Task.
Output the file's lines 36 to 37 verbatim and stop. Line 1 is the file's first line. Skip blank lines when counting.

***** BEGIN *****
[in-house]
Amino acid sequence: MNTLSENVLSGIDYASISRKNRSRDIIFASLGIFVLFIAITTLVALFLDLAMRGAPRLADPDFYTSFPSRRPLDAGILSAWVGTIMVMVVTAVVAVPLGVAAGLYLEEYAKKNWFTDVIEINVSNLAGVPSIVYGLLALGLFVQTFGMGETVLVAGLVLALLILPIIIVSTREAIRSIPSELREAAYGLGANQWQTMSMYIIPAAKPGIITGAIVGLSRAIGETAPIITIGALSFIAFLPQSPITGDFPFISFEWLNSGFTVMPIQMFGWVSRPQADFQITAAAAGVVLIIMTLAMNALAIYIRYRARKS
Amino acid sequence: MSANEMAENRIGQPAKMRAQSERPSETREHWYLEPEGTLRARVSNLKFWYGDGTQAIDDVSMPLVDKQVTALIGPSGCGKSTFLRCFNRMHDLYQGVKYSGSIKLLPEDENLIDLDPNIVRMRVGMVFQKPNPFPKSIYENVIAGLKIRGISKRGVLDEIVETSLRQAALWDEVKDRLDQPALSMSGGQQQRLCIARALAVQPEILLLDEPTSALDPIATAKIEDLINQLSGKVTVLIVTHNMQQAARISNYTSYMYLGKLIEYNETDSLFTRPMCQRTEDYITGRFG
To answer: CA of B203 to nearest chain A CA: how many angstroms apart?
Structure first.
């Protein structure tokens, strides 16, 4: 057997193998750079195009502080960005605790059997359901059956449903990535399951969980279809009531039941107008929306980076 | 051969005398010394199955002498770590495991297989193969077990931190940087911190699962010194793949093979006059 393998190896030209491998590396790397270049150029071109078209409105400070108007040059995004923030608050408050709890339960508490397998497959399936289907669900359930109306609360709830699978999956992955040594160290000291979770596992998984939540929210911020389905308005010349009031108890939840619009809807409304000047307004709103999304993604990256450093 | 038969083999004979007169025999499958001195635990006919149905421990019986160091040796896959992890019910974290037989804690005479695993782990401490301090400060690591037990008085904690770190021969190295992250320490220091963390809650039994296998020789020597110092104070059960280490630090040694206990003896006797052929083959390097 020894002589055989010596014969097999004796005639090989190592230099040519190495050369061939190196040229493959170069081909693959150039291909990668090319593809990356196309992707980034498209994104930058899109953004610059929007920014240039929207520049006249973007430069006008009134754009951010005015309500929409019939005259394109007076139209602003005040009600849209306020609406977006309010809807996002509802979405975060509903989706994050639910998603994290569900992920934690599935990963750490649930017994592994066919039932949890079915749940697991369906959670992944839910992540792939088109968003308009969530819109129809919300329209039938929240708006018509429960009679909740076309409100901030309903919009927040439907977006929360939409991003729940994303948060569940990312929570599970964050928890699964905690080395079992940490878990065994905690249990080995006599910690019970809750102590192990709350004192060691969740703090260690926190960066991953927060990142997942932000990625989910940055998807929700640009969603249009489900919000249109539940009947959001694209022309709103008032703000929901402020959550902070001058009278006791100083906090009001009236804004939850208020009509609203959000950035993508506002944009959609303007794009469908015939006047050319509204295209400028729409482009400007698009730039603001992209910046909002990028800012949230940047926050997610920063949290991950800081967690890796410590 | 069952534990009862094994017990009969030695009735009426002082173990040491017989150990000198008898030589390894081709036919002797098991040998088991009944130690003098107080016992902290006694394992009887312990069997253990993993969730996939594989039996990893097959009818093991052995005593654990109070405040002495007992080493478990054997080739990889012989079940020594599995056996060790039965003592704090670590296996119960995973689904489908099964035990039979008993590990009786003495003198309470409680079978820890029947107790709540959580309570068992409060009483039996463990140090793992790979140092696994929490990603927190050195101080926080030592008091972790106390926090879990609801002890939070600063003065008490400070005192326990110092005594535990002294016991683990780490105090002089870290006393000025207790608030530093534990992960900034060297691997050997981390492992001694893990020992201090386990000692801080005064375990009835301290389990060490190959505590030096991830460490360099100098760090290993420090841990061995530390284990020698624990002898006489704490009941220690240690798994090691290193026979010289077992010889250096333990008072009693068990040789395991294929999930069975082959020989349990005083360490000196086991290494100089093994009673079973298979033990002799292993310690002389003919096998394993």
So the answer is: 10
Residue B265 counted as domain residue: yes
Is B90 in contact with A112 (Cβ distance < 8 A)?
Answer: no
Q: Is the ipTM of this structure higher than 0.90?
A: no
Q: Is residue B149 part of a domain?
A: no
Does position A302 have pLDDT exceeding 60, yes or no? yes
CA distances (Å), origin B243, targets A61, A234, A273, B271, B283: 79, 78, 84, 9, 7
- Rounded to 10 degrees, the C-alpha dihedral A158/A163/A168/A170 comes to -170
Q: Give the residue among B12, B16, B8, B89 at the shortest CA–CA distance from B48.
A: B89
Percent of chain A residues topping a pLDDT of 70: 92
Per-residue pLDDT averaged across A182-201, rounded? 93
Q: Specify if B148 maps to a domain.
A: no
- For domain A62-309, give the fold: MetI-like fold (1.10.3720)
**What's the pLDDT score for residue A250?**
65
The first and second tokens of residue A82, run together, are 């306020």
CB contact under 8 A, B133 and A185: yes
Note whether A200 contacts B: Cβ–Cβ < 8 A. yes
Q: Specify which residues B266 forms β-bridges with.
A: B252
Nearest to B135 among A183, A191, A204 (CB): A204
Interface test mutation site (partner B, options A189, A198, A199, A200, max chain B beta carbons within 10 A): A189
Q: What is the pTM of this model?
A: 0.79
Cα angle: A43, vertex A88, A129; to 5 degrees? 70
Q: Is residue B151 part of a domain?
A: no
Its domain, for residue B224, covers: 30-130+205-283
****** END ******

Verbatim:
Cα angle: A43, vertex A88, A129; to 5 degrees? 70
Q: Is residue B151 part of a domain?